• All serotypes at least in theory may cause human disease
  • Serotypes may or may not be host specific
  • When serotypes specific to other species infect humans. severe disease may result
  • S. typhi is restricted to humans
  • Risk factors for infection include:
    • Lack of access to clean water
    • Poor sanitation. especially regarding food handling
    • Flooding
    • Ingestion of plants fertilized with sewage
    • Urban environments
    • Sexual transmission has been reported
  • Both typhoidal and nontyphoidal salmonellosis may occur in health care workers when proper hand hygiene is not practiced
  • Travelers to the developing world are often infected with S. paratyphi; vaccination against S. typhi is common prior to travel
  • Spreads through the oral-fecal route, mostly waterborne or via food infected by carriers, rarely through oral-anal sexual contact (Clin Infect Dis 2003;37:141)
  • More common in children and young adults
  • Most prevalent in developing countries and overcrowded areas with poor sanitation
  • High incidence (more than 100 cases per 100,000 person years) in South central Asia, Southeast Asia, southern Africa (Bull World Health Organ 2004;82:346, J Glob Health 2012;2:010401)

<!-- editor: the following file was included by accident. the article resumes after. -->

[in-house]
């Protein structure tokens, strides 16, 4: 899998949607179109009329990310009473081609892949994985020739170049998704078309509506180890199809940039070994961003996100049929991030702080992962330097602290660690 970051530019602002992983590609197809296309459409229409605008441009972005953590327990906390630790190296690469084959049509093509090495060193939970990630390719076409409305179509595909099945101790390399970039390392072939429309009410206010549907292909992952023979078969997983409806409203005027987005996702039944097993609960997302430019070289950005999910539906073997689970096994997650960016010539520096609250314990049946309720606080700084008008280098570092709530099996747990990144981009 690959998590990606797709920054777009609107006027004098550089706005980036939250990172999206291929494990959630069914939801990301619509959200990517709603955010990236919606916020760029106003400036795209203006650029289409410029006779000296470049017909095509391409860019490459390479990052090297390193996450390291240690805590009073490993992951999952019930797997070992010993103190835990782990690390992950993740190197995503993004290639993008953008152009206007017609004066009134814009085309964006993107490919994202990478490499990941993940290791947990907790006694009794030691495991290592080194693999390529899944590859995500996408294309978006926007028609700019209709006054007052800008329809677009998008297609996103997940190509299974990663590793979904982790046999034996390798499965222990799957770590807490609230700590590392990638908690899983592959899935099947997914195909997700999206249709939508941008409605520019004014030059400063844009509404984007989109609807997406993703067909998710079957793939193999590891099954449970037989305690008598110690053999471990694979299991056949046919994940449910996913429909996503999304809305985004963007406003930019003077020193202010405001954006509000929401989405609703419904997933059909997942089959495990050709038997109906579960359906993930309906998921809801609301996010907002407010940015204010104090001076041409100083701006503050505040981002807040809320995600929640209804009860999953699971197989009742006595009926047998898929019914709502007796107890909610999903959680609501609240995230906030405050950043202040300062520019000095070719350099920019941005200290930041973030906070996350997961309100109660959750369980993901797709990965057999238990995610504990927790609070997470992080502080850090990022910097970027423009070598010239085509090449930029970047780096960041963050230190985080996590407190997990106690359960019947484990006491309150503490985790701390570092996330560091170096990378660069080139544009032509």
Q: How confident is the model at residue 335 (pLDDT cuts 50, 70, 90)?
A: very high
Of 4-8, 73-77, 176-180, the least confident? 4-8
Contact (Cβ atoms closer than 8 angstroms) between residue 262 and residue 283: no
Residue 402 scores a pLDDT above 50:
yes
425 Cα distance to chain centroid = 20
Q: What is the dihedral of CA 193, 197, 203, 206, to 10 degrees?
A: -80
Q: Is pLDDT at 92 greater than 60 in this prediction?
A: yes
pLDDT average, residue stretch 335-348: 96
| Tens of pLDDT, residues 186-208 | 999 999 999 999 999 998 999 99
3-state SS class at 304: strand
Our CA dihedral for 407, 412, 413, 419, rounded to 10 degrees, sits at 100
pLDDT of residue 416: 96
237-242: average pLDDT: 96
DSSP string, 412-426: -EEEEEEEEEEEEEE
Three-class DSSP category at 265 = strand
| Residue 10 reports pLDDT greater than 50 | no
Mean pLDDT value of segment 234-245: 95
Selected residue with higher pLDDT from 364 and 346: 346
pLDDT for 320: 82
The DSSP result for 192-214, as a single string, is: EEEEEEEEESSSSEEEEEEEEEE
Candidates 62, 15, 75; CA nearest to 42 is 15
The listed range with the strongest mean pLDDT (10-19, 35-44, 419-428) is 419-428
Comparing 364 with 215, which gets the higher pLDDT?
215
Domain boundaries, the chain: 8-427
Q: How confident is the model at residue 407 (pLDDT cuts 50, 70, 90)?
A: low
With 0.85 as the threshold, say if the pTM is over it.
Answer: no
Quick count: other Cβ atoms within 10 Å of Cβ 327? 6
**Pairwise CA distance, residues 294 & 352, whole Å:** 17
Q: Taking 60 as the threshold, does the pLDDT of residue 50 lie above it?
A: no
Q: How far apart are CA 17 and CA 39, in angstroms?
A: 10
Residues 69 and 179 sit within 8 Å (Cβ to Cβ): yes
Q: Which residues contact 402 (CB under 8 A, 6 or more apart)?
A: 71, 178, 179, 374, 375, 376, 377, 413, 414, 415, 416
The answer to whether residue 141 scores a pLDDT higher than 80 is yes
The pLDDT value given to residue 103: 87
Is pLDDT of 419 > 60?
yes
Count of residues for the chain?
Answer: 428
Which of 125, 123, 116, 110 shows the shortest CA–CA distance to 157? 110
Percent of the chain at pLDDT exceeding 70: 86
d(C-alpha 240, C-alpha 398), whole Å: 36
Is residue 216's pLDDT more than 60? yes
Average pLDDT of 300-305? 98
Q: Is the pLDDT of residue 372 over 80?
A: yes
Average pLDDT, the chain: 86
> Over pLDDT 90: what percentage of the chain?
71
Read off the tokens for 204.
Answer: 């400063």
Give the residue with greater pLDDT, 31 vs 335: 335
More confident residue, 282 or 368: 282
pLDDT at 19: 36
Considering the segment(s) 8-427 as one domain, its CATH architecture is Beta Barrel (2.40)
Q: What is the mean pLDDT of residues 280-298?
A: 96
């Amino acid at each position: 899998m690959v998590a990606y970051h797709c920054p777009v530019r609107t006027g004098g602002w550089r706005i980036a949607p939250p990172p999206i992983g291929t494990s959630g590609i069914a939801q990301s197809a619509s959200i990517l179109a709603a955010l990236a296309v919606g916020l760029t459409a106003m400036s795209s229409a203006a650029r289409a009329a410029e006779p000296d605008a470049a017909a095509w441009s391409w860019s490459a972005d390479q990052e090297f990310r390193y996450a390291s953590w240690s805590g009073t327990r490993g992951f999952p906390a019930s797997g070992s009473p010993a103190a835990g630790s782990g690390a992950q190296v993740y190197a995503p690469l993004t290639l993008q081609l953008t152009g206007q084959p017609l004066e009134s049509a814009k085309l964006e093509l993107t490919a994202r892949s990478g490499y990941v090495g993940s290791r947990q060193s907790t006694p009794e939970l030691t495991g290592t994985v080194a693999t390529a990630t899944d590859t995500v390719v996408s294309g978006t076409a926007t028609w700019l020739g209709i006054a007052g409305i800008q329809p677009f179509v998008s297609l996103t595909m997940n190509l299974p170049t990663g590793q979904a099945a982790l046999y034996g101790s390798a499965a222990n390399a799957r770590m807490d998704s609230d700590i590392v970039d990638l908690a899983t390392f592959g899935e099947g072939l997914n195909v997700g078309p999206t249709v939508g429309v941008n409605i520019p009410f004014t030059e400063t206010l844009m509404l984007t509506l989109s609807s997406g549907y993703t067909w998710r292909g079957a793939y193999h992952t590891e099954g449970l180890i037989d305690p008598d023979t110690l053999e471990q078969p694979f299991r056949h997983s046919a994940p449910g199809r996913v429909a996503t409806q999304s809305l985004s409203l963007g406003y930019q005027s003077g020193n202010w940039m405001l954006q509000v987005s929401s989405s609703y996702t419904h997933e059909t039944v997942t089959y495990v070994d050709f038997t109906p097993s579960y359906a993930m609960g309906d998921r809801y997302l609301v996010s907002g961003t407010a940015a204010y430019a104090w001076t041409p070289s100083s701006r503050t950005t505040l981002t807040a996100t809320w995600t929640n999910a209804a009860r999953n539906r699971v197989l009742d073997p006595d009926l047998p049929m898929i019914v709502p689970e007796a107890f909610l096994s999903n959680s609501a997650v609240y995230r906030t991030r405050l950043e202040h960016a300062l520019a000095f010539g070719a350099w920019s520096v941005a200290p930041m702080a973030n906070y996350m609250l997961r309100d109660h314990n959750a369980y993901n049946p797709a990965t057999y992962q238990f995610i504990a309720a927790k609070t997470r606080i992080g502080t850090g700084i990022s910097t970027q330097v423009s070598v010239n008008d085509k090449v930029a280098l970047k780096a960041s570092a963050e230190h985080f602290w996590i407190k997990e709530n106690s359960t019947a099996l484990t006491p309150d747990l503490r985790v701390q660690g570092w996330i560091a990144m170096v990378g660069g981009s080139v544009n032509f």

• In developed countries, disease is usually limited to travelers to countries where typhoid fever is endemic (Lancet Infect Dis 2005;5:623)
  • The Vi polysaccharide typhoid vaccine is ineffective against most S. paratyphi, which lack the Vi antigen targeted by the vaccine (Lancet Infect Dis 2005;5:623)
  • Most common is terminal ileum (100%), followed by ileocecal valve (57%), ascending colon (43%), transverse colon (29%) (Dig Liver Dis 2004;36:141)
  • Nontyphoidal Salmonella infects the small and large bowel
  • S. typhi typically spreads to the liver, spleen, bone marrow and lymph nodes
  • Extraintestinal spread is uncommon in nontyphoidal Salmonella but may occur with severe disease
  • Salmonella possess cellular mechanisms enabling bacterial proteins to be transferred to enterocytes and M cells with subsequent growth within endosomes
  • Subsequent events include an inflammatory response with neutrophil recruitment and mucosal damage
  • The host immune response typically controls nontyphoidal infection; however, the very young, elderly, debilitated and immunosuppressed may lack the response necessary to control infection